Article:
Herb Spiral: Magical Sparkling Joy


By Janis Gingermountain


SpiralThe moment Jasmine, our informal gardening advisor, mentioned that we might like to build an herb spiral in our community garden, I was hooked. It didn’t hurt that she served us several yummy summer herbal treats. The spiral sounded magical, sparkling, special. It seemed as if a fairy wand would touch it and bring it into its glory.


A spiral is a curve that winds around a fixed center point at a continuously increasing distance from that point. In ancient times it was a symbol of the sun. The spiral was also considered a symbol of hypnosis. No wonder our proposed herb spiral had such hypnotic appeal. Too, the spiral was, from early times, a symbol of dizziness. Truly, the prospect of our herb spiral was beginning to make us dizzy with joy.


We would, with paint or small stones, outline a dreamy, meandering spiral pattern, and later use glistening quartz crystal rocks to line our curving paths. We were lucky enough to have large North Carolina quartz crystals on our land, mostly in the creek beds. We chose a slender triangular quartz rock to top the spiral. One can, however, use whatever one has on hand, from interesting rocks of many colors, shapes, and sizes, to something as uniform as paving bricks.


There are many pluses to building an herb spiral, the biggest one being that if you have plenty of pretty rocks and can beg or steal your herb plants, there is little or no cost.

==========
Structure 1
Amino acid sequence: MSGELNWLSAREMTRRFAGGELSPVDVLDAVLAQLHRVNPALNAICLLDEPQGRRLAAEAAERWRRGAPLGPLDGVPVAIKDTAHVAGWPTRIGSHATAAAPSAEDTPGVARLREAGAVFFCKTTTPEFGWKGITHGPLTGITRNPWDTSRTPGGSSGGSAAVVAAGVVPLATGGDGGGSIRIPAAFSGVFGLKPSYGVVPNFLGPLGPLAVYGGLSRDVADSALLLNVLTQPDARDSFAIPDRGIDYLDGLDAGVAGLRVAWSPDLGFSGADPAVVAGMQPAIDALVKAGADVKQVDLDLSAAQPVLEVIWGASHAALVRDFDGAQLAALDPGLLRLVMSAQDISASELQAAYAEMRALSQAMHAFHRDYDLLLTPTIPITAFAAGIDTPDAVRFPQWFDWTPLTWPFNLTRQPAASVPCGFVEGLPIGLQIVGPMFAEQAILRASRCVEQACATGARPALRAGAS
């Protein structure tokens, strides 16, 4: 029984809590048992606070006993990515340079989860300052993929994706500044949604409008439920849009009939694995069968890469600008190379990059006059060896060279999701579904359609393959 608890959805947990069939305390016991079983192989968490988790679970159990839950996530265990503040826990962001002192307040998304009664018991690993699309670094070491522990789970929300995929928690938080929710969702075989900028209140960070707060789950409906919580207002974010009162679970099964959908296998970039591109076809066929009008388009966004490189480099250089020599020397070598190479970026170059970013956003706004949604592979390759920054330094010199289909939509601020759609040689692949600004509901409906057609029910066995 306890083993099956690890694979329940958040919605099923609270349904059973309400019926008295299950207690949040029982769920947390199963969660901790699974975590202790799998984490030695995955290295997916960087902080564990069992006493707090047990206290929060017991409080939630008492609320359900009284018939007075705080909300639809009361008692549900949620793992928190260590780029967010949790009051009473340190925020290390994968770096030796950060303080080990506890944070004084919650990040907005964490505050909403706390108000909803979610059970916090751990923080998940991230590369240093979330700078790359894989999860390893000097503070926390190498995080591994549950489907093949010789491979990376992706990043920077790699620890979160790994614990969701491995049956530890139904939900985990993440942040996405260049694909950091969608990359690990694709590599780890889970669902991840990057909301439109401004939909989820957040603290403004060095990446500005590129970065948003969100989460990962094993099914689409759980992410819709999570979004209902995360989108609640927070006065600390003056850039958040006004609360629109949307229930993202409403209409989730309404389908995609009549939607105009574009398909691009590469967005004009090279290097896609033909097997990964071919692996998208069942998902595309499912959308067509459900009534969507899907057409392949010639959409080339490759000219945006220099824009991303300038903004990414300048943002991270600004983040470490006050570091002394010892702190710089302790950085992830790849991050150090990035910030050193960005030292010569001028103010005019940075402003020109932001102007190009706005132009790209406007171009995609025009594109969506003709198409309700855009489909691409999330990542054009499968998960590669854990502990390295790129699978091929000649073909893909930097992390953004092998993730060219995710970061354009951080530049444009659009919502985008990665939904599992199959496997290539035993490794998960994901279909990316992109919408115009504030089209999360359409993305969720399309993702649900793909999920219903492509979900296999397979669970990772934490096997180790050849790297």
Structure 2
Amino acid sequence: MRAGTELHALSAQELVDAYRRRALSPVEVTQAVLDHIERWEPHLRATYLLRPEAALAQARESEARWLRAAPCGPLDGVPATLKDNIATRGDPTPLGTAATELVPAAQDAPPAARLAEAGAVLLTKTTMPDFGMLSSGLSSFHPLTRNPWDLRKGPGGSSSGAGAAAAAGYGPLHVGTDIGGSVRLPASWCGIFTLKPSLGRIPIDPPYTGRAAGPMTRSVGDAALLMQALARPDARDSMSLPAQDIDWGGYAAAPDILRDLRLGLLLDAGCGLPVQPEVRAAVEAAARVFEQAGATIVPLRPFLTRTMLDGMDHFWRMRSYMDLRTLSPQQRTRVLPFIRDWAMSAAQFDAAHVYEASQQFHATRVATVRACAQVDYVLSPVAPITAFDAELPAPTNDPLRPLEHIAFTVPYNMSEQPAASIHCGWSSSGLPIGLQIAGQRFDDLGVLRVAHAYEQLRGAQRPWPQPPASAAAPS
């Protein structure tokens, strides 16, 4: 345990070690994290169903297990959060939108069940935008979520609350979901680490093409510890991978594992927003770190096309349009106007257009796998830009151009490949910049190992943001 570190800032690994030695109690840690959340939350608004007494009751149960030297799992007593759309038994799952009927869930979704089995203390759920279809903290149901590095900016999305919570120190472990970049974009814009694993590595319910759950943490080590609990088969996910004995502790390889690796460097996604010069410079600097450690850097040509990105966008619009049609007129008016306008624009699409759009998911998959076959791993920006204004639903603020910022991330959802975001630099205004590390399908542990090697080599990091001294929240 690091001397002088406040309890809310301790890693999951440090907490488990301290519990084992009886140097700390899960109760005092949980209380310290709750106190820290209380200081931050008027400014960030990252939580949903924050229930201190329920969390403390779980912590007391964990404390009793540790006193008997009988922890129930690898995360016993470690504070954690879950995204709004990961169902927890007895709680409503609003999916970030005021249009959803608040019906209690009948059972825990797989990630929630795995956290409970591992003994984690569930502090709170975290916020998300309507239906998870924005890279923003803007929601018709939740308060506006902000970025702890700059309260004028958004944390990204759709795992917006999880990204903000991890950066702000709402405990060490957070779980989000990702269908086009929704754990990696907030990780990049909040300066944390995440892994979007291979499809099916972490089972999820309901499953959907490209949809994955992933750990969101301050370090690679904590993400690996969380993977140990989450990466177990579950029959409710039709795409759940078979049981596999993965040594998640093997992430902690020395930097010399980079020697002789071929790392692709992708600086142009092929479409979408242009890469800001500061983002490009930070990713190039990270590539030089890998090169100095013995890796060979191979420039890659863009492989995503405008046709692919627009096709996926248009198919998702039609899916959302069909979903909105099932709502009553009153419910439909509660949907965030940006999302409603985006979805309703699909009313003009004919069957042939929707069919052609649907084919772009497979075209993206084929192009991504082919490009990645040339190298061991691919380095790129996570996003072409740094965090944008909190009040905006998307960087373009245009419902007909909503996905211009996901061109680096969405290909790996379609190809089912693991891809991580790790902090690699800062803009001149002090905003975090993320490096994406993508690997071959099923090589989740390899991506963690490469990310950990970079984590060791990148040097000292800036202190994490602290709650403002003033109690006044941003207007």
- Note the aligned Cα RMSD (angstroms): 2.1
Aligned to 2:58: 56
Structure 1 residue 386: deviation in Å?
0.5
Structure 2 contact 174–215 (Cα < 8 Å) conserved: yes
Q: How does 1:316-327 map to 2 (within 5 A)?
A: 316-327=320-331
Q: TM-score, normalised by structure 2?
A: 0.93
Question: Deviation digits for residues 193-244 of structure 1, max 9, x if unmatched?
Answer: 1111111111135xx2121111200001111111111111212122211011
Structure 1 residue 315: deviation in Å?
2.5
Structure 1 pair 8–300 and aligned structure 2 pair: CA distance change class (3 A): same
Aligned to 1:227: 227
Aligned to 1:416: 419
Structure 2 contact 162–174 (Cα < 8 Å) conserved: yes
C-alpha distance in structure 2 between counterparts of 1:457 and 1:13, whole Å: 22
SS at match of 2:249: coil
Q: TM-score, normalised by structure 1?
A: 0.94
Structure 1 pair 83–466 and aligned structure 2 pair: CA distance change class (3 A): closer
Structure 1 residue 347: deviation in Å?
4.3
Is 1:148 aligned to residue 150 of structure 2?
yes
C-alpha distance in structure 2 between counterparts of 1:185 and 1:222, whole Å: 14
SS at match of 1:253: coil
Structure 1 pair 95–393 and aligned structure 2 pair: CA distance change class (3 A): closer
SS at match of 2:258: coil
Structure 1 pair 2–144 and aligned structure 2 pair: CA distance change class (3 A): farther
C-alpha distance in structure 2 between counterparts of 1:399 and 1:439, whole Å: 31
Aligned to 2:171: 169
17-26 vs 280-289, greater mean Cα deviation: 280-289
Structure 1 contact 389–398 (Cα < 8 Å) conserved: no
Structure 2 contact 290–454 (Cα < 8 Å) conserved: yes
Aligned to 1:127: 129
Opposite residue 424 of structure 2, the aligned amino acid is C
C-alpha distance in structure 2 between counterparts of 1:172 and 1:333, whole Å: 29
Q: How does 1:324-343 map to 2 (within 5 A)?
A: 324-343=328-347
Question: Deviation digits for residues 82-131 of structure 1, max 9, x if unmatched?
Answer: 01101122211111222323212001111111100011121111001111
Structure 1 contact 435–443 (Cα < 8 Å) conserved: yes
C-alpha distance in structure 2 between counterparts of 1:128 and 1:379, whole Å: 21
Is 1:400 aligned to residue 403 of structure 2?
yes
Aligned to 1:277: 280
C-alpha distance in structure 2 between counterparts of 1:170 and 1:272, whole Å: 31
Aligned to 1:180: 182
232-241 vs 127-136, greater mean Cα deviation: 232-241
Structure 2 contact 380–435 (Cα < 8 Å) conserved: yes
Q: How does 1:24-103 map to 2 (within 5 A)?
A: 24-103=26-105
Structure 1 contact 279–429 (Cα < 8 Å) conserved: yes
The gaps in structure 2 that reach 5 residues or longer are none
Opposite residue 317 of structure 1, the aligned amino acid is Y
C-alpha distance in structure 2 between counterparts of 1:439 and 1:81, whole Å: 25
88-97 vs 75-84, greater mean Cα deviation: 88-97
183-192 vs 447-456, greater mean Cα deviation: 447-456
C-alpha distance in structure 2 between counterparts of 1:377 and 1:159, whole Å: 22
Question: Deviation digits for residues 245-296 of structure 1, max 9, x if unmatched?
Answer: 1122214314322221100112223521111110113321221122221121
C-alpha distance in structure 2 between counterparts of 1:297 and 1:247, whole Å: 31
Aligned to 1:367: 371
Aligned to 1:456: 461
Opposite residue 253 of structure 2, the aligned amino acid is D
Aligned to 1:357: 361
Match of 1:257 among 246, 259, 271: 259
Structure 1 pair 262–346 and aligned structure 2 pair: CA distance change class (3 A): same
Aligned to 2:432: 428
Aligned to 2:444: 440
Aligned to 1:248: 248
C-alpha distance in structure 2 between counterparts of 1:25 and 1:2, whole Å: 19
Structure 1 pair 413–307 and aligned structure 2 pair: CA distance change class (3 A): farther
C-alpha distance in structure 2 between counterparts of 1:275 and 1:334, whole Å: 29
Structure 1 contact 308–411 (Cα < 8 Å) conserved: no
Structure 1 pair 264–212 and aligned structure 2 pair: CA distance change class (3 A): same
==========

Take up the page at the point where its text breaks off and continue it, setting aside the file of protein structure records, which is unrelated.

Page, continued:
Another advantage is that you can grow lots of herbs—at least 16—in a small space.


A big recommendation is that an herb spiral can be so beautiful; you will catch your breath every time you look at it.


Easy to plant, care for, and harvest, the spiral provides loads of wonderful culinary, medicinal, or aromatic herbs.


The winding levels of the spiral’s pathways allow for the growing of a variety of herbs that need slightly differing soil conditions. Sun-loving herbs can bask at or near the top, while their shade-loving sisters can reside in the cooler, damper lower level.


We decided to create a kitchen-type herb garden with such culinary herbs as basil, mint, sage, thyme, rosemary, fennel, nasturtium, oregano, parsley, and coriander.




1) Put down a circle of thin cardboard or three layers of newspaper about 8 feet in diameter, or an oval of similar size.


2) Place a rock at the center, drawing or painting a spiral outward, leaving a space of about 16 inches in each row or curve. When you finish you should have about three spiral paths at all points.


3) Water the cardboard or newspaper thoroughly and cover it with at least 4 inches of well-rotted manure or compost, then shake straw (not hay) onto the soil. Water thoroughly.


4) Starting from the outside, begin building a ground-level wall of rocks or bricks, settling each one sturdily into the next and into the manure or compost.


5) Build up the bottom layer with at least 6 inches more of manure or soil suitable for planting.


6) Keep building around to the second level or layer. Place your rocks and put in another 8-12 inches of soil. With the third level do the same.


7) Now you are at the top and ready to place your most beautiful, most eye-catching rock. This rock may be standing at a height of up to 3-4 feet.


8) Choose your plants, planting shade-loving ones into the shadiest spots and the sun-loving ones toward the top. Cover with handfuls of straw and water them. Space plants at least 16 inches apart. Plant invasive plants such as mint and oregano in submerged #10 tin cans or sewer pipes.


9) Take a picture of your spiral when just planted and again at summer’s end.


10) Your herb spiral will give you many years of happiness.



Sandi Tomlin-Sutker
Written by Sandi Tomlin-Sutker